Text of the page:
With their ability to sparkle so brightly, diamonds have earned a reputation for themselves. As a general rule, we think of a diamond's cut grade as its shape (round, emerald, pear). However, a diamond's cut grade is really about how well its facets work together to reflect light. Craftsmanship and artistry are required to create a diamond's flawless proportions, symmetry, and polish, which only diamonds can achieve.
The quality of the diamond's cut is essential to its beauty and value. It's also the most difficult to understand and analyze of the four variables.
Diamonds with a standard round brilliant cut are graded on seven factors. The diamond's overall face-up appearance is taken into account for the first three parameters: brightness, fire, and scintillation. A diamond's design and craftsmanship are assessed by the four remaining factors: weight ratio, durability, polish, symmetry, and symmetry.
A diamond's refraction of white light from within and without.
White light is split into all colors of the rainbow by scattering.
The light and dark patterns created by the diamond's internal reflections give it its dazzling radiance. Every facet of a beautifully finished diamond shows the artisan's skill and attention to detail. Every angle and every facet of a diamond affects the amount of light that is returned to the eye. This is what makes it look like it's on top of the world.
When light enters a diamond, its proportions determine how it behaves. The diamond will appear dark and unattractive if light enters the crown and exits the pavilion. Diamonds with a variety of proportions and a high polish sparkle brighter, more vibrantly, and more dazzlingly.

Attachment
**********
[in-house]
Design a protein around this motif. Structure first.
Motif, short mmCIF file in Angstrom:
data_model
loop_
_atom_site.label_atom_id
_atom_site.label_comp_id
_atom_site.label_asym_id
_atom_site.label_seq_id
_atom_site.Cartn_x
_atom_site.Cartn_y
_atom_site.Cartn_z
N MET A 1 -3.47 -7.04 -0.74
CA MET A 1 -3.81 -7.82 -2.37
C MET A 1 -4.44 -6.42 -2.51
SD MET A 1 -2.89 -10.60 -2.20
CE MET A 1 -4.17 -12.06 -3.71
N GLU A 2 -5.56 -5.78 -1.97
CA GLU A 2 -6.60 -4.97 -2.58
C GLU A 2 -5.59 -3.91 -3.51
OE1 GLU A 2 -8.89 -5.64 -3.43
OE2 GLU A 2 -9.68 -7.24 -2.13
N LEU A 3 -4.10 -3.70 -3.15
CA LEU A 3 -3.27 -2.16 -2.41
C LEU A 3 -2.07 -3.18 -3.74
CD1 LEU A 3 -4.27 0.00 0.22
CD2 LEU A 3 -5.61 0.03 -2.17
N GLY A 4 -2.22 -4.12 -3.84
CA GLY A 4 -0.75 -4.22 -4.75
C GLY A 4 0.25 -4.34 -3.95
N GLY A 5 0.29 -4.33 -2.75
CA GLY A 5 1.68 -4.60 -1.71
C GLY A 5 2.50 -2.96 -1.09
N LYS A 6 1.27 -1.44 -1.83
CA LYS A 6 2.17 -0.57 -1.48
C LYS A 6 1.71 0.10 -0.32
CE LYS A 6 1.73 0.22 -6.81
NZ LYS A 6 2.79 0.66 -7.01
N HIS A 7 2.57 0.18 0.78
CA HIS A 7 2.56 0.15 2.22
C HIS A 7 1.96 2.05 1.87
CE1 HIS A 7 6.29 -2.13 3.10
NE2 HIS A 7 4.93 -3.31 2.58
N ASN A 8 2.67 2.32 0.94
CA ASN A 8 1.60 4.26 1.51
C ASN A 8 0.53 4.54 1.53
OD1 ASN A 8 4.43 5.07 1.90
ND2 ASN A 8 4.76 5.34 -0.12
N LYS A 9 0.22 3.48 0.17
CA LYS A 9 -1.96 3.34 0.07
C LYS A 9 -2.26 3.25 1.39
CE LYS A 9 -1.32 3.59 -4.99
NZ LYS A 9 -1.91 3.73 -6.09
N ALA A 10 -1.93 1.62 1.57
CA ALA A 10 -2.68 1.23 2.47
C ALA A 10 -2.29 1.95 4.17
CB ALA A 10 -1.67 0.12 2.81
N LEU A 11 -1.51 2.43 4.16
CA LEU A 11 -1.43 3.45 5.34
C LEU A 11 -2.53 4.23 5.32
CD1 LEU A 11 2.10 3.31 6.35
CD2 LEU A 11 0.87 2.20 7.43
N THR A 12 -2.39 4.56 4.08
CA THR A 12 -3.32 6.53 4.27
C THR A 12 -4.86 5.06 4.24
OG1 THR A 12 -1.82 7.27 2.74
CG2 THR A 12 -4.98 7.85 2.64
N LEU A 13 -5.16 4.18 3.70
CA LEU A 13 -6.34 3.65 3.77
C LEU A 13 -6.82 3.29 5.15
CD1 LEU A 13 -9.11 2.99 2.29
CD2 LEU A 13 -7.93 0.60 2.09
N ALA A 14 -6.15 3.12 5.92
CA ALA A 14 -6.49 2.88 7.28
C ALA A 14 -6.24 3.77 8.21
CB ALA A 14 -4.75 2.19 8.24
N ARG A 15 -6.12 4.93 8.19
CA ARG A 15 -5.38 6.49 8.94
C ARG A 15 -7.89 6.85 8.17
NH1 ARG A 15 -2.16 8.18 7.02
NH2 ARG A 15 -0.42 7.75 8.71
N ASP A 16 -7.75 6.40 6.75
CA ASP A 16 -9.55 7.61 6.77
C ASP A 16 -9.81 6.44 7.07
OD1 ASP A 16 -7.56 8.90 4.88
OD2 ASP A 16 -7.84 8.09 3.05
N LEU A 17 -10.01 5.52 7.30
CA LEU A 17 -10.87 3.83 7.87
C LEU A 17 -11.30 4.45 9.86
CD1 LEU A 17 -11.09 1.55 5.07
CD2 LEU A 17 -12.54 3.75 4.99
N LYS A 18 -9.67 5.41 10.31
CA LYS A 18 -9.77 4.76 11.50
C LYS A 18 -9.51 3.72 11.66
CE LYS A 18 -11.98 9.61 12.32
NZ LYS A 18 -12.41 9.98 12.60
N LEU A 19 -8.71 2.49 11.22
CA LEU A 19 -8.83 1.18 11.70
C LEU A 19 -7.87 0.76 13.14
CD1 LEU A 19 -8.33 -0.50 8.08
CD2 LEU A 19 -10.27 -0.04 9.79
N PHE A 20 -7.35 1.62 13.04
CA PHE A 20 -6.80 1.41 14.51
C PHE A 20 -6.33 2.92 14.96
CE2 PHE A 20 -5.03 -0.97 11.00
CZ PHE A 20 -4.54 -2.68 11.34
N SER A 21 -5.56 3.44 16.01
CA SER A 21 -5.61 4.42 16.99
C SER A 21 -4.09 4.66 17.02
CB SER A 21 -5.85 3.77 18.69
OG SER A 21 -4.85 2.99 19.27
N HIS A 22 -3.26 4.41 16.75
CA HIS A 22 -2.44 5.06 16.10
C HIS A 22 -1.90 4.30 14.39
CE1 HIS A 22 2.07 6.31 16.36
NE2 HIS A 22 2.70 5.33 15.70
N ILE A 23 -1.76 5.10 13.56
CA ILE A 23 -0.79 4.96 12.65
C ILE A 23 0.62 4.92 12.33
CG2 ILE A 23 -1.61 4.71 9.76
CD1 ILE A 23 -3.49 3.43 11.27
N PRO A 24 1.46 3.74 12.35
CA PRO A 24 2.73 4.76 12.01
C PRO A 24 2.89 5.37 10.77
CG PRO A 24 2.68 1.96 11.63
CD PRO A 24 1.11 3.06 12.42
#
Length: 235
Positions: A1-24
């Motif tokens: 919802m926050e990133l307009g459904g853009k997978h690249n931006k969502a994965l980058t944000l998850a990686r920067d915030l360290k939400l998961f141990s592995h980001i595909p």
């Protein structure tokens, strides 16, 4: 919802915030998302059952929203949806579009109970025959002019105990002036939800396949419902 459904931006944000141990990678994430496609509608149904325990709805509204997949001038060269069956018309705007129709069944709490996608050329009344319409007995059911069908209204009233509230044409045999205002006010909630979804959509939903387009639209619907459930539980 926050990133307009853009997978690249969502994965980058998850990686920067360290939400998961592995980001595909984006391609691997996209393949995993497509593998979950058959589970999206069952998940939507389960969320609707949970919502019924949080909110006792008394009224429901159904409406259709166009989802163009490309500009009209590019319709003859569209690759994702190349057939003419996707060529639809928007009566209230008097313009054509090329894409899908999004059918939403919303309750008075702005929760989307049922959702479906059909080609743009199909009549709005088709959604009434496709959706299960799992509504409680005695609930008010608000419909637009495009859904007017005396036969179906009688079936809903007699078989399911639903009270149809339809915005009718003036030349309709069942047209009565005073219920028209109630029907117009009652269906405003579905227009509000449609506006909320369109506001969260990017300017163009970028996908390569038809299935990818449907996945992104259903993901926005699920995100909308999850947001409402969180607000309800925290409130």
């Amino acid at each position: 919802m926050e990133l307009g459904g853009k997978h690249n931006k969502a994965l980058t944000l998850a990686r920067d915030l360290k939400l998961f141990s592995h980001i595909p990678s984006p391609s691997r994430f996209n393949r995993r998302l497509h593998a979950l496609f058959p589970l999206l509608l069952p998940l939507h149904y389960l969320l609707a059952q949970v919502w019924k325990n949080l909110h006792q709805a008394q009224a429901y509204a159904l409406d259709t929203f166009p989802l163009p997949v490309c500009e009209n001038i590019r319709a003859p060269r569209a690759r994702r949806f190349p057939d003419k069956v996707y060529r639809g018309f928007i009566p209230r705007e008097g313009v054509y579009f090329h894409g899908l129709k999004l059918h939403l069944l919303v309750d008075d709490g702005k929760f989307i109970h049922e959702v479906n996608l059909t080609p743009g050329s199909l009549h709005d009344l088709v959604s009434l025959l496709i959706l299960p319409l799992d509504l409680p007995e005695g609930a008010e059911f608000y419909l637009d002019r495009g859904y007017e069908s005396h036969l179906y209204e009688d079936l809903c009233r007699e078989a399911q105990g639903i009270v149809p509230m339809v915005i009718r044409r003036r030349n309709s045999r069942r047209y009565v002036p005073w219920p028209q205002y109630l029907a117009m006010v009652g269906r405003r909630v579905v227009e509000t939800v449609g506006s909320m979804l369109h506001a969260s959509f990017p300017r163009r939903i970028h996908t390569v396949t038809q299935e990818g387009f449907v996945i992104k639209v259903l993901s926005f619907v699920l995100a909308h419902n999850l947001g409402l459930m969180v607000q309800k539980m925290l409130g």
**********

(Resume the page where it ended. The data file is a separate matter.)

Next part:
The beauty of a diamond can be seen in a well-cut stone. The three optical effects that make a diamond sparkle are called brightness, fire, and scintillation. When a diamond's internal and external reflections meet, the result is a pattern that varies in size, arrangement, and contrast between light and dark areas. Bright and dark areas need to contrast enough to give the pattern a clean, sharp appearance.
Light performs better in certain proportions than in others, and this has long been known in the diamond industry. The GIA Research Department and GIA Laboratory, however, have shown that there are numerous combinations of proportions that can maximize the brilliance and fire in round brilliant cut diamonds in recent years.
The higher the cut grade, the more brilliant the diamond will be. Diamonds with high, moderate, and low brightness levels can be seen (from left to right) under fluorescent lighting.
The shape of a fashioned diamond can also be described by the term "cut." Fancy cuts refer to diamonds with shapes other than the standard round. Sometimes they're called "fancies" or "shapes". The names given to fancy shapes are also derived from the shapes themselves. For example, there are the marquise, pear, oval, heart, and emerald cut diamonds.